There are different levels and reasons for lying, and a few of them are discussed here:
Why Do Children Lie?
Children get mixed messages. The spectrum of lying is broad. Some lies are positively accepted, even encouraged; mostly, children are shushed for being honest and are encouraged to tell white lies to avoid hurting someone’s feelings. It makes it hard to learn when it’s OK and when it’s NOT OK to lie.
Mixing reality with fantasy. Children’s idea of reality and fantasy is vague. They often don’t see a distinct line between the two until about the age of seven. Sometimes, confusion between the two takes the blame for lying.
To avoid punishment. Children who expect severe reprimand for their wrongdoings are more likely to lie.
To explore the other side of the truth. Sometimes, children try to test out what might happen if they lie about a particular situation and what it would get them into or out of.
To get focus on themselves. Children often lie to look good in people’s eyes by hiding what they think they are.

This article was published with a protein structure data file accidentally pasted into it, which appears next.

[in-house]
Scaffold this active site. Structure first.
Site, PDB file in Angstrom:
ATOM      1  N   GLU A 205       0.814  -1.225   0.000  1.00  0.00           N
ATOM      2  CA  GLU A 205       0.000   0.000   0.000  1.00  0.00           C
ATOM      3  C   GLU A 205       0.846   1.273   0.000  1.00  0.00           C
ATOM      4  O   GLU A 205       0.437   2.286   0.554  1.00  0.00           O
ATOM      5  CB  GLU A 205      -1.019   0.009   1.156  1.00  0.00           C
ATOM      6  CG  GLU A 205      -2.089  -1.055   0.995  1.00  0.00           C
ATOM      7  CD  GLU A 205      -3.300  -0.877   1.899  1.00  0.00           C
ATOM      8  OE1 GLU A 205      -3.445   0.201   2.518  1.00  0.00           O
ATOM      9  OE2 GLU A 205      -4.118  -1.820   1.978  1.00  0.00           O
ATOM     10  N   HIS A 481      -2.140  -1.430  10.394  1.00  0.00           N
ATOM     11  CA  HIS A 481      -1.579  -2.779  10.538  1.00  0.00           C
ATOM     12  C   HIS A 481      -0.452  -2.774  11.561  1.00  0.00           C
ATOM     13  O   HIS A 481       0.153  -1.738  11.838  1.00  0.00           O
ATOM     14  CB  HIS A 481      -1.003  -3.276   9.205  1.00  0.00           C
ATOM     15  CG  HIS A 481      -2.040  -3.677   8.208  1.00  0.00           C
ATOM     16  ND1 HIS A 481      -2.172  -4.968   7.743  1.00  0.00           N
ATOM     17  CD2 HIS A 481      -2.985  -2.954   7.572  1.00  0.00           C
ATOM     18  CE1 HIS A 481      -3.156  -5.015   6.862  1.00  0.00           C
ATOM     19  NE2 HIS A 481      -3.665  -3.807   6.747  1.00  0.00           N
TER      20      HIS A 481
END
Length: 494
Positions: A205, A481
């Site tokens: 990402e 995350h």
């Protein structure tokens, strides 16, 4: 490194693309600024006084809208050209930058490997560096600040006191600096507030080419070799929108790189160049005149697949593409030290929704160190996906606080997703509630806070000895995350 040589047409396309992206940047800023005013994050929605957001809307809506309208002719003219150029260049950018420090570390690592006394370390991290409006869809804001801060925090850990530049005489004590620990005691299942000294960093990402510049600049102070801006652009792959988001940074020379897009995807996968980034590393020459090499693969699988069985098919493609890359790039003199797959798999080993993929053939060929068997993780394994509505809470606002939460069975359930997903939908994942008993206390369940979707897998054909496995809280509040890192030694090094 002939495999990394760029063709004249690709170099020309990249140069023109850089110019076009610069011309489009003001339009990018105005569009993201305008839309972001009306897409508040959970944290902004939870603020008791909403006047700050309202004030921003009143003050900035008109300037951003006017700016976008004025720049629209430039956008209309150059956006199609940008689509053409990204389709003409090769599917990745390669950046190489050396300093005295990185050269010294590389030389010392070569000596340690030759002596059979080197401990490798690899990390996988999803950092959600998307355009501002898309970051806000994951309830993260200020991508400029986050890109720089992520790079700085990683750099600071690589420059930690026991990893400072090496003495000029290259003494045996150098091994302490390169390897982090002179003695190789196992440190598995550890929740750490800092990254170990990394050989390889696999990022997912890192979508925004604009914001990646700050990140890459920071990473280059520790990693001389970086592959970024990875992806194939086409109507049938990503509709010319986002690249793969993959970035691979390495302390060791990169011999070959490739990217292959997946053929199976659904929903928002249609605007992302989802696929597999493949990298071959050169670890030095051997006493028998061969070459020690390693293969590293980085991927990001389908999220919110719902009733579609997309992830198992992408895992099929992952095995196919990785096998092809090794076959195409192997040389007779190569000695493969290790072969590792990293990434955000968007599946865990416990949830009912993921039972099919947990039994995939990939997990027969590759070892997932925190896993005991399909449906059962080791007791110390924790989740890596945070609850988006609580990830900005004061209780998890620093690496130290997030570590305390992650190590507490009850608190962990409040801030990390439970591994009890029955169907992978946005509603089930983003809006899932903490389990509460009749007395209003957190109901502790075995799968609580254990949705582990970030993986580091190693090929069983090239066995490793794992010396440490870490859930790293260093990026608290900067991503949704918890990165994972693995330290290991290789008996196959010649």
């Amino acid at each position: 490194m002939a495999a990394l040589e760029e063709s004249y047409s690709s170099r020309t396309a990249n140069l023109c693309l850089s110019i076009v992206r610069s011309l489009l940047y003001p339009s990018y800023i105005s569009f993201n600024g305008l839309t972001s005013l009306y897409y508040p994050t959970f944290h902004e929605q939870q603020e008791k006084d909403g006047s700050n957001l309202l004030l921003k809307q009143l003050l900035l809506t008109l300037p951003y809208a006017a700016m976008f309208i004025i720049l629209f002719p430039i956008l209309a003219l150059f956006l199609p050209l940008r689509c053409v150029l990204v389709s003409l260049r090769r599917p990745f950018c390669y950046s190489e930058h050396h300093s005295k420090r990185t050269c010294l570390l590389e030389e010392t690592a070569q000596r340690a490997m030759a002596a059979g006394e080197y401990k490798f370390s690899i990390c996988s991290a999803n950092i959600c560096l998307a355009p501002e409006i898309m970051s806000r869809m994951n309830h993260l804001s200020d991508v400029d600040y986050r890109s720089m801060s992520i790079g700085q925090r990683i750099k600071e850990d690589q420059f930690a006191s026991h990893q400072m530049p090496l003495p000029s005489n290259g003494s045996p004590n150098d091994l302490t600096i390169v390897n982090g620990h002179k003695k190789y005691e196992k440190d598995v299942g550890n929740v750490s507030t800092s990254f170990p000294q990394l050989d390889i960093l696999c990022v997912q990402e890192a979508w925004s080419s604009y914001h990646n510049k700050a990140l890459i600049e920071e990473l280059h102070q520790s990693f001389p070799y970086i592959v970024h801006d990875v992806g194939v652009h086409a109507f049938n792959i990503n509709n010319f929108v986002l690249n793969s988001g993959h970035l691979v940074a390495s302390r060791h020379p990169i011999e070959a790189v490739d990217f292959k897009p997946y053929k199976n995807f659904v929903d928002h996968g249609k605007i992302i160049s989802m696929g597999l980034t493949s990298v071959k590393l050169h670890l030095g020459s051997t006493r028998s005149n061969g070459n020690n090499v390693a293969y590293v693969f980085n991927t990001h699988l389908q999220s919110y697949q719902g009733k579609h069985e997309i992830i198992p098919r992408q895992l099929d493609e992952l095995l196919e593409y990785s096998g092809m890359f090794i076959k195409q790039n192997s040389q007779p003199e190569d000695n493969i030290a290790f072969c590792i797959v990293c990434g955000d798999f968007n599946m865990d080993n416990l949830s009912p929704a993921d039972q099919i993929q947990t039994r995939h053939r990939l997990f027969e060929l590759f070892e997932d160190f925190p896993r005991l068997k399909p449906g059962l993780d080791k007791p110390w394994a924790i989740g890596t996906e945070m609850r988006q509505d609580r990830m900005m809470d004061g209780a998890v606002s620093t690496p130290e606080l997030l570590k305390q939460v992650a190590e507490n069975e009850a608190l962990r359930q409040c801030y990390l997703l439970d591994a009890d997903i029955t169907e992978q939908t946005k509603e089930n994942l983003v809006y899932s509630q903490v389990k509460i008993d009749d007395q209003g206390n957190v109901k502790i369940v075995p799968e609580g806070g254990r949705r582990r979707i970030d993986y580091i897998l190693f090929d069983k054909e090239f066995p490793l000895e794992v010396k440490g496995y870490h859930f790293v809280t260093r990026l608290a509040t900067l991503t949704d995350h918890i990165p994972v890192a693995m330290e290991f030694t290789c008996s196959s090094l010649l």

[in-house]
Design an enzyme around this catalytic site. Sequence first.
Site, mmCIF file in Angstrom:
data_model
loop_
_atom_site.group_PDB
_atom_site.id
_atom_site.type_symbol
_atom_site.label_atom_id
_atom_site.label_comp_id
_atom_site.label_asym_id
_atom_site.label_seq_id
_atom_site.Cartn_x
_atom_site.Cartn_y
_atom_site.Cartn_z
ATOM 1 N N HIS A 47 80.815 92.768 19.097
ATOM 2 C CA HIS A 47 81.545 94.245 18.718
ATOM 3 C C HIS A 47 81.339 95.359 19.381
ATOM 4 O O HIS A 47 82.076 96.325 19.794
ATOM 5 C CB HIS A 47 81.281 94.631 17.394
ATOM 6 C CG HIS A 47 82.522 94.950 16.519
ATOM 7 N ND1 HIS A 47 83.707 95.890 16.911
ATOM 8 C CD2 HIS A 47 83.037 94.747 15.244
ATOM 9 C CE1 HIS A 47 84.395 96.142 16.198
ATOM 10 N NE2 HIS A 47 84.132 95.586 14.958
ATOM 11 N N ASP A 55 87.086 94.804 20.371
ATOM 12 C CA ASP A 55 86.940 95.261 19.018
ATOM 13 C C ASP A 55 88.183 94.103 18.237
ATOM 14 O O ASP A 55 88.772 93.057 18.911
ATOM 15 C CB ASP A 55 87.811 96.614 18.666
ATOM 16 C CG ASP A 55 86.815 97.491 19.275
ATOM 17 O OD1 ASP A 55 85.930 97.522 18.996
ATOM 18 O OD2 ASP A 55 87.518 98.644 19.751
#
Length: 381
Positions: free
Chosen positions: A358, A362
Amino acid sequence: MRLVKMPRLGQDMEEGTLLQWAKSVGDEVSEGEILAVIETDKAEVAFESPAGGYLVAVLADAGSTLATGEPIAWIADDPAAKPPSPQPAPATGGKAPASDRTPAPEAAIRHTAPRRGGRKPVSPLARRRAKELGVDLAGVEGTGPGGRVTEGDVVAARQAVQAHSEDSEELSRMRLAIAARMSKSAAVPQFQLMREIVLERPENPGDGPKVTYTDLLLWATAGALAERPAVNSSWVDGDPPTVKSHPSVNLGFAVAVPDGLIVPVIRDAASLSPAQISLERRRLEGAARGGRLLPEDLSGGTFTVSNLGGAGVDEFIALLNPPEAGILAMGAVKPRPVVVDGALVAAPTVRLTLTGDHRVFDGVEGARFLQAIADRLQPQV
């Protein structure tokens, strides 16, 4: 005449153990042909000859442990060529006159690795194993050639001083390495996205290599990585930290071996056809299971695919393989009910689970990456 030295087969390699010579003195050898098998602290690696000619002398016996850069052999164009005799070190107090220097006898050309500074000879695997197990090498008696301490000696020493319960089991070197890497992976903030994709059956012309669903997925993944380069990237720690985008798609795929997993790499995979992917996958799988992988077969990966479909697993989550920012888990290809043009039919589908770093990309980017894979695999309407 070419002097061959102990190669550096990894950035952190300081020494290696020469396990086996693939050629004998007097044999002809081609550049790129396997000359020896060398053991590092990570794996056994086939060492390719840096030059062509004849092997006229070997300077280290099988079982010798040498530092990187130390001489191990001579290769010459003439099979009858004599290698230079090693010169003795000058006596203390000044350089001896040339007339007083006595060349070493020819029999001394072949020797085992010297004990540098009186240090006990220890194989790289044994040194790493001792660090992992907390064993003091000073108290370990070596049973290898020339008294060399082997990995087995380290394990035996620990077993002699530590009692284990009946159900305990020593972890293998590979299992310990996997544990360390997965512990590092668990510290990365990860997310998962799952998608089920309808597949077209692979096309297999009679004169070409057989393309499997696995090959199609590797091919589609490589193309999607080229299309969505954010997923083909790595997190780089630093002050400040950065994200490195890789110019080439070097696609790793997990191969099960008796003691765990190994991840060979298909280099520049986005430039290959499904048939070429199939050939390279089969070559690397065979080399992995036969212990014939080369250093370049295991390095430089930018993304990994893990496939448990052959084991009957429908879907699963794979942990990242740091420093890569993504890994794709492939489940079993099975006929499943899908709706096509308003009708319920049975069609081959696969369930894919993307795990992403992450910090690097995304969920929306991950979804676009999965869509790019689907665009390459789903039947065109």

To get the focus off themselves. Children suffering from anxiety and depression may lie to their parents or doctor and hide their symptoms to get the spotlight off them.
To protect others. Sometimes, children tell altruistic lies to defend their peers or parents from problematic situations.
What should parents do?
Here is a list of things parents could practice to stop their children from lying:
- Love your children unconditionally, and don’t punish them harshly for their mistakes. It will allow them to reflect and lead them to speak the truth.
- Be your children’s role model. If you tell the truth, even if it’s hard, they will too!
- Explain lies! Tell them when it is and when it is not OK to tell a lie. Know that the explanation you provide will serve as a life-long lesson for your children.
- Relax and know that it is not going to last long. Teach your children moral values, be a model, and reward their truthful behaviour, and they’ll learn.
- Tell them that the truth reduces the consequences. Also, assure them that you’d do everything to make things right.
If you have concerns about your child’s behaviour and moral values, don’t hesitate to seek professional help.